Total internal reflection fluorescence microscopy (TIRFM) is a special technique in fluorescence microscopy developed by Daniel Axelrod at the University of Michigan, Ann Arbor in the early 1980s. TIRFM-based biological images are obtained with an outstandingly high axial resolution below 100 nm. This allows the observation of membrane-associated processes, such as cell-surface receptors’ dynamics, cell adhesion to surfaces or viral infection (e.g., HIV-1 early entry and infection (Valenzuela-Fernandez A and Machado JD et al. research team; MBoC 2011)). This is achieved by employing an evanescent wave for excitation of the fluorophores instead of direct illumination via light delivered by an arc lamp, LEDs or lasers. The evanescent field occurs if incident light is totally reflected at the interface of two transparent media with different refractive indices.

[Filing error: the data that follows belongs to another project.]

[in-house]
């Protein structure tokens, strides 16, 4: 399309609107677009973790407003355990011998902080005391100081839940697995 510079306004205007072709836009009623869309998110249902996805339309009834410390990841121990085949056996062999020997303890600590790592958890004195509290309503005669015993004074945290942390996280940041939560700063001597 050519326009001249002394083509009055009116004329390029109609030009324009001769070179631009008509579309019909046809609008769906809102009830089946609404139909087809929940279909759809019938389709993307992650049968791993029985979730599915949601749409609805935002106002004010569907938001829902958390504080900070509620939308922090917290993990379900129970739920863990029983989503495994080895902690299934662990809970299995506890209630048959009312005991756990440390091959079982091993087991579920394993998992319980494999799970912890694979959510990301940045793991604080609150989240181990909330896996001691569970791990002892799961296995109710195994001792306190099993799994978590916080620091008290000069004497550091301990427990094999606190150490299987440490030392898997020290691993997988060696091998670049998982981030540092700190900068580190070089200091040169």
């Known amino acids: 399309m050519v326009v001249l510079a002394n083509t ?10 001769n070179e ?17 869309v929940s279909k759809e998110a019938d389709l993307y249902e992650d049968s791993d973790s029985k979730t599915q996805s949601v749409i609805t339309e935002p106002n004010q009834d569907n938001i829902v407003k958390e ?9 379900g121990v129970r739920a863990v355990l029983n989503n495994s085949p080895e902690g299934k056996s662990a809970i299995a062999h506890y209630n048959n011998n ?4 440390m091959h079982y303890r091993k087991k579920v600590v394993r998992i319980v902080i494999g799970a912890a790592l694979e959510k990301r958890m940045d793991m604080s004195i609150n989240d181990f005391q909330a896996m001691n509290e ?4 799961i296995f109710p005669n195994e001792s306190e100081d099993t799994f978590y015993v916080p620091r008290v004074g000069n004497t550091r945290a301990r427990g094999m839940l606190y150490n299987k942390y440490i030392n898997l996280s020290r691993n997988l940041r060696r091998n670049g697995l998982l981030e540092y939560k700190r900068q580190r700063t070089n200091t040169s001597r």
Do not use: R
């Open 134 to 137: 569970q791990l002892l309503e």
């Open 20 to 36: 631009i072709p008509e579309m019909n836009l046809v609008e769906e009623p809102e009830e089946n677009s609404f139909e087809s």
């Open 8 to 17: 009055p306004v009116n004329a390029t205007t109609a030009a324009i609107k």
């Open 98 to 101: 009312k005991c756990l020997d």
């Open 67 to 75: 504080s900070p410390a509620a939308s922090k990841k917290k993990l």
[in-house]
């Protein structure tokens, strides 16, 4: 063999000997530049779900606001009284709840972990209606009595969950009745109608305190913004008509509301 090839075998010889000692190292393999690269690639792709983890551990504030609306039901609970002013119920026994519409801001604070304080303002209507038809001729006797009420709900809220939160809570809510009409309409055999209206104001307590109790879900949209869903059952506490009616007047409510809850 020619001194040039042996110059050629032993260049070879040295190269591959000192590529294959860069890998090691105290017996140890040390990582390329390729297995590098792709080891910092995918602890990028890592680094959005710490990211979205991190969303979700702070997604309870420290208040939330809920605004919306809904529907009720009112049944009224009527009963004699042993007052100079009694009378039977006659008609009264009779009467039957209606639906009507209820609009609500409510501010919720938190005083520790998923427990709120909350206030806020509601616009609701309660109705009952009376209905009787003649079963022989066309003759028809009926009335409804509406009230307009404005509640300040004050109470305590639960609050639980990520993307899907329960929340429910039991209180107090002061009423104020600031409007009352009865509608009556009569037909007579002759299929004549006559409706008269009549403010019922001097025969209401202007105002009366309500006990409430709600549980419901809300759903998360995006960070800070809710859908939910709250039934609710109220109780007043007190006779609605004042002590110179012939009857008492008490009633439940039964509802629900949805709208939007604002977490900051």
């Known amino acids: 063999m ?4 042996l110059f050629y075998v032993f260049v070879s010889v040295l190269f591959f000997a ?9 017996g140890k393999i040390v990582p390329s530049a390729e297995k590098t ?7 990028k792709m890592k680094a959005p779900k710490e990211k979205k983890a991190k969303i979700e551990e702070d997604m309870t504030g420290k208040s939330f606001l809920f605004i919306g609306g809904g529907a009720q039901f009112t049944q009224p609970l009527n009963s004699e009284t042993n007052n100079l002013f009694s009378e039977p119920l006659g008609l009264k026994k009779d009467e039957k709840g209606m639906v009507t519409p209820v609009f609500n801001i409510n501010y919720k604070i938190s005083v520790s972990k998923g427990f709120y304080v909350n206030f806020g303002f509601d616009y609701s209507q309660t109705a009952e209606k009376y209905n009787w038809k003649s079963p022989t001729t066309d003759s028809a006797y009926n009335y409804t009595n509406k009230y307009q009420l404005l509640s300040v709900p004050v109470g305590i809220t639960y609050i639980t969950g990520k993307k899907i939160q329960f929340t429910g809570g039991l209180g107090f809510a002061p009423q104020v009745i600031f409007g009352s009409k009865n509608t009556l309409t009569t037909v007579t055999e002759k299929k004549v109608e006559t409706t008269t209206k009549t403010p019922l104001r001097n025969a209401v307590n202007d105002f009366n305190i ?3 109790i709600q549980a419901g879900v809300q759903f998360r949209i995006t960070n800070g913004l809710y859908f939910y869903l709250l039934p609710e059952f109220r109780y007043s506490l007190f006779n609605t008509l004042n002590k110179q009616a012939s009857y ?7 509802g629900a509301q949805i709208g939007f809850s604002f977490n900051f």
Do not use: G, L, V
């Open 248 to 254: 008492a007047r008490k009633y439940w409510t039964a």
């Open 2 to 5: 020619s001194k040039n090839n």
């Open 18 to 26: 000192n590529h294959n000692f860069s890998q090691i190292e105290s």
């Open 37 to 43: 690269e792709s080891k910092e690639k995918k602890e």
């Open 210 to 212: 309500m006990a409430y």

TIRFM is a useful and accessible imaging technique that will lead to great advances in our understanding of cell biology.